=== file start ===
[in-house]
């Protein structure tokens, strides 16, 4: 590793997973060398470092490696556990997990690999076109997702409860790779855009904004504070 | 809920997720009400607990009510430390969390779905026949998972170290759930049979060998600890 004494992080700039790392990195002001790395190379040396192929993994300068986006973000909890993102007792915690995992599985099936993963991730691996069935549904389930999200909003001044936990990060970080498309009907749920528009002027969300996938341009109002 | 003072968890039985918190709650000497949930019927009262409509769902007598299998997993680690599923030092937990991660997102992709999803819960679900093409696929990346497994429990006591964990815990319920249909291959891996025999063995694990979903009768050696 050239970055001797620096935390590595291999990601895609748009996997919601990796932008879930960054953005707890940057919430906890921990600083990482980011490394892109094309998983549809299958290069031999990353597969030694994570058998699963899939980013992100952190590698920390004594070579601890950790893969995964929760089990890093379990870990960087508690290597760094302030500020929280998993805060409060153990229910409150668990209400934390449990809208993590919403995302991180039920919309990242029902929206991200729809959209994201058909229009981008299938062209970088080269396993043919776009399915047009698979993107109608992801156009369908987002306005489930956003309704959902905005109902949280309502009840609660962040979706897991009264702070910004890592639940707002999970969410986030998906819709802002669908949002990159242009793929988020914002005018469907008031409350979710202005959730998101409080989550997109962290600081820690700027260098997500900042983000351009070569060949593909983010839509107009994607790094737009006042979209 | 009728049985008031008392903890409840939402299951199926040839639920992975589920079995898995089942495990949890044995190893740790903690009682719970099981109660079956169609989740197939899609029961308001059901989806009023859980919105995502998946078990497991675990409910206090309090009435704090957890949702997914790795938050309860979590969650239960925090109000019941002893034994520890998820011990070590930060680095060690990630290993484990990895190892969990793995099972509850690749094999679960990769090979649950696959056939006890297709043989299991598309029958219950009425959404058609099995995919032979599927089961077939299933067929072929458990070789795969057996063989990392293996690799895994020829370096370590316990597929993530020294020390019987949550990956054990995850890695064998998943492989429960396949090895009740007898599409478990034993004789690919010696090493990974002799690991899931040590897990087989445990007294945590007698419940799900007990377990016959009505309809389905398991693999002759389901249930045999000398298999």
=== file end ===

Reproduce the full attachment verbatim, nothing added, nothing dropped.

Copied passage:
[in-house]
């Protein structure tokens, strides 16, 4: 590793997973060398470092490696556990997990690999076109997702409860790779855009904004504070 | 809920997720009400607990009510430390969390779905026949998972170290759930049979060998600890 004494992080700039790392990195002001790395190379040396192929993994300068986006973000909890993102007792915690995992599985099936993963991730691996069935549904389930999200909003001044936990990060970080498309009907749920528009002027969300996938341009109002 | 003072968890039985918190709650000497949930019927009262409509769902007598299998997993680690599923030092937990991660997102992709999803819960679900093409696929990346497994429990006591964990815990319920249909291959891996025999063995694990979903009768050696 050239970055001797620096935390590595291999990601895609748009996997919601990796932008879930960054953005707890940057919430906890921990600083990482980011490394892109094309998983549809299958290069031999990353597969030694994570058998699963899939980013992100952190590698920390004594070579601890950790893969995964929760089990890093379990870990960087508690290597760094302030500020929280998993805060409060153990229910409150668990209400934390449990809208993590919403995302991180039920919309990242029902929206991200729809959209994201058909229009981008299938062209970088080269396993043919776009399915047009698979993107109608992801156009369908987002306005489930956003309704959902905005109902949280309502009840609660962040979706897991009264702070910004890592639940707002999970969410986030998906819709802002669908949002990159242009793929988020914002005018469907008031409350979710202005959730998101409080989550997109962290600081820690700027260098997500900042983000351009070569060949593909983010839509107009994607790094737009006042979209 | 009728049985008031008392903890409840939402299951199926040839639920992975589920079995898995089942495990949890044995190893740790903690009682719970099981109660079956169609989740197939899609029961308001059901989806009023859980919105995502998946078990497991675990409910206090309090009435704090957890949702997914790795938050309860979590969650239960925090109000019941002893034994520890998820011990070590930060680095060690990630290993484990990895190892969990793995099972509850690749094999679960990769090979649950696959056939006890297709043989299991598309029958219950009425959404058609099995995919032979599927089961077939299933067929072929458990070789795969057996063989990392293996690799895994020829370096370590316990597929993530020294020390019987949550990956054990995850890695064998998943492989429960396949090895009740007898599409478990034993004789690919010696090493990974002799690991899931040590897990087989445990007294945590007698419940799900007990377990016959009505309809389905398991693999002759389901249930045999000398298999």